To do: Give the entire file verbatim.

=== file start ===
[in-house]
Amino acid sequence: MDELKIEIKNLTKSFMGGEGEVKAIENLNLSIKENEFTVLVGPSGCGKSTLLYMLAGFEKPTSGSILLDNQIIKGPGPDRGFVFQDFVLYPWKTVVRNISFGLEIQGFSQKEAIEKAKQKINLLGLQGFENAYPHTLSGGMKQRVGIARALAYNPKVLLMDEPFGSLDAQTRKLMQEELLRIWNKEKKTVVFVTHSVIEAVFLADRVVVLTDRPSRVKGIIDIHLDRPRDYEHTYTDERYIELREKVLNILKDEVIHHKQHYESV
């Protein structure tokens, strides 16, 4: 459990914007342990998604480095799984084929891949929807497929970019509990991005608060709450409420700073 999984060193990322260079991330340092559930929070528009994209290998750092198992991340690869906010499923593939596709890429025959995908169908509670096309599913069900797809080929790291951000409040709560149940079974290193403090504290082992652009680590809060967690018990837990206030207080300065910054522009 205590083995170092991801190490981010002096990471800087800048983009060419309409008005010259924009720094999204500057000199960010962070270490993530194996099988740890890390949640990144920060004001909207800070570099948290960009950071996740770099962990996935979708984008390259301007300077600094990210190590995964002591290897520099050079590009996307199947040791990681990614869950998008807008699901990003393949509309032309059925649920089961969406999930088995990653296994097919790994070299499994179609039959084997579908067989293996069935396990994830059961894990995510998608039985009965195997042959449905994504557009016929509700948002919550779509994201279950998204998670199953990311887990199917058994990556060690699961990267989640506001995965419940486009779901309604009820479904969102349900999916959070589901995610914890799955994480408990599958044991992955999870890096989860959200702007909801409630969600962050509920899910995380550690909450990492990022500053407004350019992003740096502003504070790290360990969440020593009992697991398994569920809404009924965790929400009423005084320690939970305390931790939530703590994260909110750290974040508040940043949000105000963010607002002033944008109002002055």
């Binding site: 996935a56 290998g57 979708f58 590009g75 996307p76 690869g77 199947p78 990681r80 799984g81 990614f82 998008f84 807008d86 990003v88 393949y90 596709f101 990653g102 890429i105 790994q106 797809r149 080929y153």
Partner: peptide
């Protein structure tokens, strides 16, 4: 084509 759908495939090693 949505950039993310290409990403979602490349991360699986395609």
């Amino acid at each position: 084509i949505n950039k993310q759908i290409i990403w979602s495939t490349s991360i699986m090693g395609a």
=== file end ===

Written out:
[in-house]
Amino acid sequence: MDELKIEIKNLTKSFMGGEGEVKAIENLNLSIKENEFTVLVGPSGCGKSTLLYMLAGFEKPTSGSILLDNQIIKGPGPDRGFVFQDFVLYPWKTVVRNISFGLEIQGFSQKEAIEKAKQKINLLGLQGFENAYPHTLSGGMKQRVGIARALAYNPKVLLMDEPFGSLDAQTRKLMQEELLRIWNKEKKTVVFVTHSVIEAVFLADRVVVLTDRPSRVKGIIDIHLDRPRDYEHTYTDERYIELREKVLNILKDEVIHHKQHYESV
């Protein structure tokens, strides 16, 4: 459990914007342990998604480095799984084929891949929807497929970019509990991005608060709450409420700073 999984060193990322260079991330340092559930929070528009994209290998750092198992991340690869906010499923593939596709890429025959995908169908509670096309599913069900797809080929790291951000409040709560149940079974290193403090504290082992652009680590809060967690018990837990206030207080300065910054522009 205590083995170092991801190490981010002096990471800087800048983009060419309409008005010259924009720094999204500057000199960010962070270490993530194996099988740890890390949640990144920060004001909207800070570099948290960009950071996740770099962990996935979708984008390259301007300077600094990210190590995964002591290897520099050079590009996307199947040791990681990614869950998008807008699901990003393949509309032309059925649920089961969406999930088995990653296994097919790994070299499994179609039959084997579908067989293996069935396990994830059961894990995510998608039985009965195997042959449905994504557009016929509700948002919550779509994201279950998204998670199953990311887990199917058994990556060690699961990267989640506001995965419940486009779901309604009820479904969102349900999916959070589901995610914890799955994480408990599958044991992955999870890096989860959200702007909801409630969600962050509920899910995380550690909450990492990022500053407004350019992003740096502003504070790290360990969440020593009992697991398994569920809404009924965790929400009423005084320690939970305390931790939530703590994260909110750290974040508040940043949000105000963010607002002033944008109002002055």
């Binding site: 996935a56 290998g57 979708f58 590009g75 996307p76 690869g77 199947p78 990681r80 799984g81 990614f82 998008f84 807008d86 990003v88 393949y90 596709f101 990653g102 890429i105 790994q106 797809r149 080929y153």
Partner: peptide
């Protein structure tokens, strides 16, 4: 084509 759908495939090693 949505950039993310290409990403979602490349991360699986395609």
């Amino acid at each position: 084509i949505n950039k993310q759908i290409i990403w979602s495939t490349s991360i699986m090693g395609a």